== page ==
NJ Bill Proposes Increased Scrutiny of For-Profit Homes:

Seeking to boost owner accountability, the state legislature wants stricter change of ownership requirements.

New Jersey for-profit nursing facilities can expect to provide greater transparency regarding change of ownership (CHOW), thanks to the state legislature’s recent introduction of a bill that amps up disclosure requirements for those seeking to operate nursing homes. According to an article on JD Supra the bill comes as a response to a recent report by a consulting firm hired by the state to conduct a review, following the high number of COVID-19 deaths in NJ long-term care facilities.

Some of the findings of the report included the following discoveries:

  • The convoluted ownership and management configurations utilized by for-profit facilities work to disguise who is ultimately responsible for delivering care, making it all but impossible to hold them accountable
  • Ownership of NJ nursing facilities frequently changes, sometimes multiple times in a week
  • Current NJ Department of Health processes do not subject facilities that have recently undergone a CHOW to further oversight
  • Unlike many states, which require information from those with a 5% or less direct or indirect ownership interest, NJ currently does not require information from anyone with less than 10% interest
  • CHOWs are currently not public, nor are they typically discouraged by the DOH

The report stated that “[r]igorous change of ownership requirements are critical for ensuring accountability and promoting quality and stability of the workforce.”

The NJ bill proposes increased scrutiny of for-profit homes consequently introduced by the legislature, Senate Bill No. 2789/Assembly Bill 4477 will require greater scrutiny of CHOWs in nursing homes. Potential buyers must be screened by the state, which would also have the power to review operations and monitor spending. Any shifts of management to third-party companies or sales/transfers of property must be approved in advance by the DOH, which would include an involved application process, and would require the disclosure of upper-tier ownership. Every CHOW application will be published on the DOH website for public review and commentary.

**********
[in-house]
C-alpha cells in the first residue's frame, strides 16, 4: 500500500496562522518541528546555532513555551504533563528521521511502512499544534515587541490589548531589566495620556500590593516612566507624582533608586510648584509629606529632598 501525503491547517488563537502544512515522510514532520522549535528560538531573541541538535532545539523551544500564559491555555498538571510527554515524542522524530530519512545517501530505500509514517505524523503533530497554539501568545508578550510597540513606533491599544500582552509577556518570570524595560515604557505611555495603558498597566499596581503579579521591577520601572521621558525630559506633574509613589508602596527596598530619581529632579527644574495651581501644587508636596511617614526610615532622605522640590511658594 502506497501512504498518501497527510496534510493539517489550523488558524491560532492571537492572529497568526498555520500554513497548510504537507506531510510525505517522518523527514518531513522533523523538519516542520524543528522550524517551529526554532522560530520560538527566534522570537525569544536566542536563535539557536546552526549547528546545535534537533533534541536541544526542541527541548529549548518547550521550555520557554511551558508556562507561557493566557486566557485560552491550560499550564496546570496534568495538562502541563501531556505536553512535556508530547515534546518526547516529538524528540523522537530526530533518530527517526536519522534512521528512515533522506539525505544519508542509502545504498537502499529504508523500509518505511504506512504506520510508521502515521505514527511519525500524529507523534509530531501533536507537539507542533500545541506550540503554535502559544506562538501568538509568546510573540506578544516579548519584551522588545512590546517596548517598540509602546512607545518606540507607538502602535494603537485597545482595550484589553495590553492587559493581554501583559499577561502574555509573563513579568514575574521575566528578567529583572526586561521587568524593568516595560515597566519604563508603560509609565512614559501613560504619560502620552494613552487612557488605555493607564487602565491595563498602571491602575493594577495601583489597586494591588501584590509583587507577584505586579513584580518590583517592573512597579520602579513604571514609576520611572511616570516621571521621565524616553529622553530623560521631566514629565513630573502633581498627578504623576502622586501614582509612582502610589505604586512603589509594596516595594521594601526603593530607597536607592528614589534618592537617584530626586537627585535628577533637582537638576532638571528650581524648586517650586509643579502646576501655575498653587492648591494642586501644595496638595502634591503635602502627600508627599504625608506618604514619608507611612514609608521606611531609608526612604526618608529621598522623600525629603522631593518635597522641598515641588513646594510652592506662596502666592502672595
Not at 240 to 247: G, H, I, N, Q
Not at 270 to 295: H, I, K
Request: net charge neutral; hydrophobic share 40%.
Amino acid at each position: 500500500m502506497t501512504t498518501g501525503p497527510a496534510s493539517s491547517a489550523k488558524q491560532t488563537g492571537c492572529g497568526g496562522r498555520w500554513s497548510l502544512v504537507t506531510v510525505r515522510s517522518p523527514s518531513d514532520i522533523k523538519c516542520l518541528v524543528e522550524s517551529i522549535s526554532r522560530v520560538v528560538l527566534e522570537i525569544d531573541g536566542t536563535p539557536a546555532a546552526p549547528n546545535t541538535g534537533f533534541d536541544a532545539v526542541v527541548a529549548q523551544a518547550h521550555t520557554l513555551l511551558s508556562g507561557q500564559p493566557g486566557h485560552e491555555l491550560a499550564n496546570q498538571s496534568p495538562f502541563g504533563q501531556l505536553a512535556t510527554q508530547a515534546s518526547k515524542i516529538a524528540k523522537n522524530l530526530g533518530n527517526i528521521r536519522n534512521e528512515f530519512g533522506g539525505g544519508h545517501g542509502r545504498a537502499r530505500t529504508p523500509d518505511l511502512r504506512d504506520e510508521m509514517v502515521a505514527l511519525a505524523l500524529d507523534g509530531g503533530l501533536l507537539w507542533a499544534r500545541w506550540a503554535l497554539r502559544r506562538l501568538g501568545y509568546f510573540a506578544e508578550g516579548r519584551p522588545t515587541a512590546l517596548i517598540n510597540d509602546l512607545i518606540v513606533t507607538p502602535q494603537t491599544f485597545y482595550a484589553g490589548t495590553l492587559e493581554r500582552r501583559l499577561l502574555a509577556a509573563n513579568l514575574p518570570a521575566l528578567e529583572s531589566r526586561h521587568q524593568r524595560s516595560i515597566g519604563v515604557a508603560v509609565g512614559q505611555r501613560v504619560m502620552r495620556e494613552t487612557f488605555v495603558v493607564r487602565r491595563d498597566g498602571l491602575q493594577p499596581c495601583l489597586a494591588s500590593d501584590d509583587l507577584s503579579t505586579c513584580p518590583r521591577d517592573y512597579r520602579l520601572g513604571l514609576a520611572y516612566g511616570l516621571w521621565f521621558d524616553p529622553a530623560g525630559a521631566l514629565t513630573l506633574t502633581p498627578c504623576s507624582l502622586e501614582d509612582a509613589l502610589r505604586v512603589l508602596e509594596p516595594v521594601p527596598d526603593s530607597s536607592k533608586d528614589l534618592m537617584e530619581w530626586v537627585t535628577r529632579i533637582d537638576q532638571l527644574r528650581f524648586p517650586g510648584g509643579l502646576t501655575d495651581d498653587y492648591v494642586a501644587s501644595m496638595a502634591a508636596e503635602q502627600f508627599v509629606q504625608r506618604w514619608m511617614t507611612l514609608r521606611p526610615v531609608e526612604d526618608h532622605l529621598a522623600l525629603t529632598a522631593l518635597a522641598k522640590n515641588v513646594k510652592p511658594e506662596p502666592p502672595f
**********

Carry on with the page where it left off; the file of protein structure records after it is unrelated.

Applications to transfer controlling interest in a facility must include:

  • A profits and loss and a capital budget projection for the next three years
  • Disclosure of any licensed US health care facilities owned, operated, or managed by the proposed owners and principals in the preceding three years
  • Financial statements for each such facility for the last three years
  • Revelation of any enforcement actions
  • Prospective owners who have never previously owned/operated a licensed NJ nursing home also must hold a public hearing for the application and submit to a background check

Having been passed by the State Senate, the bill requires signing by Gov. Phil Murphy in order to be signed into law. Should the bill become law, nursing home owners hoping to game the system by changing real estate owners or management companies while their CHOW is being processed will be subject to a DOH interim approval process that is as involved and time consuming as the CHOW application process.

Fighting for Your Loved One’s Interests

Determining the quality and safety of the Philadelphia/PA or NJ nursing home where your loved one lives is essential. Pennsylvania and New Jersey nursing homes are required to meet health and safety standards requirements and to ensure the physical, mental, and psycho/social well-being of their residents. Should you have concerns about the quality of care in a Pennsylvania or New Jersey nursing home, or if you suspect neglect, abuse, or fraud has occurred at the Pennsylvania, Philadelphia, or New Jersey nursing home where your loved one lives, please contact nursing home abuse attorney Brian P. Murphy to discover your legal rights and options.